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Connecticut: Outlook and Challenges for Public Health Nurses

Higher Education Articles September 29, 2013

The rewarding career of public health nurse is expected to expand into the foreseeable future. The field of nursing is expected to grow at least 26 percent by 2020, reflecting an addition of some 700,000 new jobs. The postings for public health nurses in Connecticut offer salaries roughly 12% higher than the national average.

What Do Public Health Nurses Do?

Public health professionals generally focus on improving the health of an entire community. They provide education, care management and primary care to families and individuals considered part of a high-risk group. As a public health nurse, you would have an important role in educating the public on healthcare issues, developing policies and programs geared toward improving health and implementing disease prevention programs. You would design educational campaigns, monitor health and disease trends in various communities and work to improve the health of at-risk groups from diabetics to AIDS patients.

What Characteristics Suit the Job?

Do you have great organizational and communication skills? Are you empathetic and tolerant of others who are not like you? A public health nurse has a wide variety of responsibilities and frequently must multitask. The ability to organize information and records is vitally important. Because the field requires working closely with patients, the general population and other healthcare professionals, the ideal candidate will need to be able to communicate clearly and concisely and must be tolerant of cultural diversity. Nurses who speak both English and Spanish are in particularly high demand. In this position, you would often be working on your own to develop solutions to patient and community problems, so if you’re an independent sort, this could be an excellent career choice.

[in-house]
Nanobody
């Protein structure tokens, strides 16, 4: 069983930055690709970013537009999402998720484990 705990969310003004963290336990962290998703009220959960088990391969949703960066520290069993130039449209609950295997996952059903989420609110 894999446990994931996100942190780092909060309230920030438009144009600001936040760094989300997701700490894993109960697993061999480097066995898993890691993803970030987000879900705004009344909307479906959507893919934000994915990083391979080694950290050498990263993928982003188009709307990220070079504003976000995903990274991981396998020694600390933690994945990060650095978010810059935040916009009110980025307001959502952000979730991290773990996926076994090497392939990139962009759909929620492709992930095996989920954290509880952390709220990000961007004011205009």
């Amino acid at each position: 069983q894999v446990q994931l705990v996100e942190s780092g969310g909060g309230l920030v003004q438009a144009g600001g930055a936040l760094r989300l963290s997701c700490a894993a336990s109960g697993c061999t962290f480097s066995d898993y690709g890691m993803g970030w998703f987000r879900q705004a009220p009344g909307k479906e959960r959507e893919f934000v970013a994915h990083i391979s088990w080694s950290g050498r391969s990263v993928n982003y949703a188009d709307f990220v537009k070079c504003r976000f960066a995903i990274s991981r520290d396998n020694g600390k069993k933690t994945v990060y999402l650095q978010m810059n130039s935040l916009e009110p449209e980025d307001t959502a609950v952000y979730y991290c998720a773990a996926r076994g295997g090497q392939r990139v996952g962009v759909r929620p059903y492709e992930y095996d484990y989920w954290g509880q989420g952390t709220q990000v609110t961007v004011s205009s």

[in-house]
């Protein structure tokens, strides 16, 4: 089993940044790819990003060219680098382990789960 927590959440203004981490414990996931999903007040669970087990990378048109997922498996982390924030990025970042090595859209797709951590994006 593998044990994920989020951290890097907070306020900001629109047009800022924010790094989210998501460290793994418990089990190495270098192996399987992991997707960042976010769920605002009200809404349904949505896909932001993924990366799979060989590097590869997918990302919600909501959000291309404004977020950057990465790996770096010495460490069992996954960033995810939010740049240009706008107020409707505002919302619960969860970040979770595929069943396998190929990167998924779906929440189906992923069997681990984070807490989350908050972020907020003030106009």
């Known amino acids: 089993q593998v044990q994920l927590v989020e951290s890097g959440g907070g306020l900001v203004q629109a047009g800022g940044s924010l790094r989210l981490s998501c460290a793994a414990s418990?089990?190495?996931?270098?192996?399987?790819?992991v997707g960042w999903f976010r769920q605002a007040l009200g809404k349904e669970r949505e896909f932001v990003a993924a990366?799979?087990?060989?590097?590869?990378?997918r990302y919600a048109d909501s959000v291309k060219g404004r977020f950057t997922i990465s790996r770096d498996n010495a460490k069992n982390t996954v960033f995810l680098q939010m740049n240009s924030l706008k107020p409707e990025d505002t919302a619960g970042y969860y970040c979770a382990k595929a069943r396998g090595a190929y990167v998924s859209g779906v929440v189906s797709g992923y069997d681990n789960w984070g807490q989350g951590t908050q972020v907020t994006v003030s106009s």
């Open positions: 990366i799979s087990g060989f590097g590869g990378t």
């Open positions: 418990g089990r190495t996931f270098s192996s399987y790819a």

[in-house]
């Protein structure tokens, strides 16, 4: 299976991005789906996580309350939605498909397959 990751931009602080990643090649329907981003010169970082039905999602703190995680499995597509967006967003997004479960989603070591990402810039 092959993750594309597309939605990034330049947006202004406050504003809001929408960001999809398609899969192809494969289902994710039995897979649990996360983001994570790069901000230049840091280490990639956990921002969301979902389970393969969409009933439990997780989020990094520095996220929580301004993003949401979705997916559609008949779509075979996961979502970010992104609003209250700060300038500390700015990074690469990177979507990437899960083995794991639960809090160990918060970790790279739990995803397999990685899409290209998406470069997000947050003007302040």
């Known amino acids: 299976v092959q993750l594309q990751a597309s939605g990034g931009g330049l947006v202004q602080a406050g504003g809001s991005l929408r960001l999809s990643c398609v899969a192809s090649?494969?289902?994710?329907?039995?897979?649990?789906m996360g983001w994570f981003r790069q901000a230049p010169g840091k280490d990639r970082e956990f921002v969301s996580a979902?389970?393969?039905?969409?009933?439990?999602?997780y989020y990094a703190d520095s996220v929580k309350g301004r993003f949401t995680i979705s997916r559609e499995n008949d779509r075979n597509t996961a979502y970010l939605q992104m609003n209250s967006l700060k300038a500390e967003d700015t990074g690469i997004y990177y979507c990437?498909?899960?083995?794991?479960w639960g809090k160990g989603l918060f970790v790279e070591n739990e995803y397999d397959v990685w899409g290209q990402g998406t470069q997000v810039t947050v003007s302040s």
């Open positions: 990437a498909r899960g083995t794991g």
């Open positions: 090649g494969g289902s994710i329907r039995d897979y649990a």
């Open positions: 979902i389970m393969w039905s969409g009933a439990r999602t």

Where Are Public Health Nursing Jobs?

Nurses in this specialty work in a neighborhood, town or facility to improve the health of residents or workers. For example, school nurses focus on the health and well-being of students and faculty while a town government worker would be involved in solving the health issues of local residents. Public health offers boundless variety; you could be working in a correctional institution, private corporation, government agency or hospital.

What Are the Educational Requirements?

All states require a nursing diploma to become a public health nurse. A few states will hire a professional with an Associate of Nursing degree, but most require a Bachelor of Science in Nursing. Degreed nurses must take the National Council Licensure Examination for Registered Nurses (NCLEX-RN) exam. After this, 500 hours of on-the-job experience in public health must be completed. Passing the Public Health Nursing Certification Exam is the final step toward qualifying for this challenging and rewarding career. Check the Connecticut Department of Health’s (DPH) Public Health Nursing website for continuing-education opportunities in the field.

How Do I Get Licensed?

All nurses in Connecticut must have a license in order to work in the field. All accreditation and licensing is controlled by the Connecticut Board of Examiners for Nursing, which is part of the Department of Public Health. You can easily access the eLicensing system to view and renew your licenses. The board also lists current job opportunities in Connecticut.

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In 2017, workers with a bachelor's degree or higher had almost twice as much
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You can find other options through our sponsored listings below!
Quick Fact
In 2017, workers with a bachelor's degree or higher had almost twice as much
median earnings per week than workers with only a high school diploma*.
*Bureau of Labor Statistics

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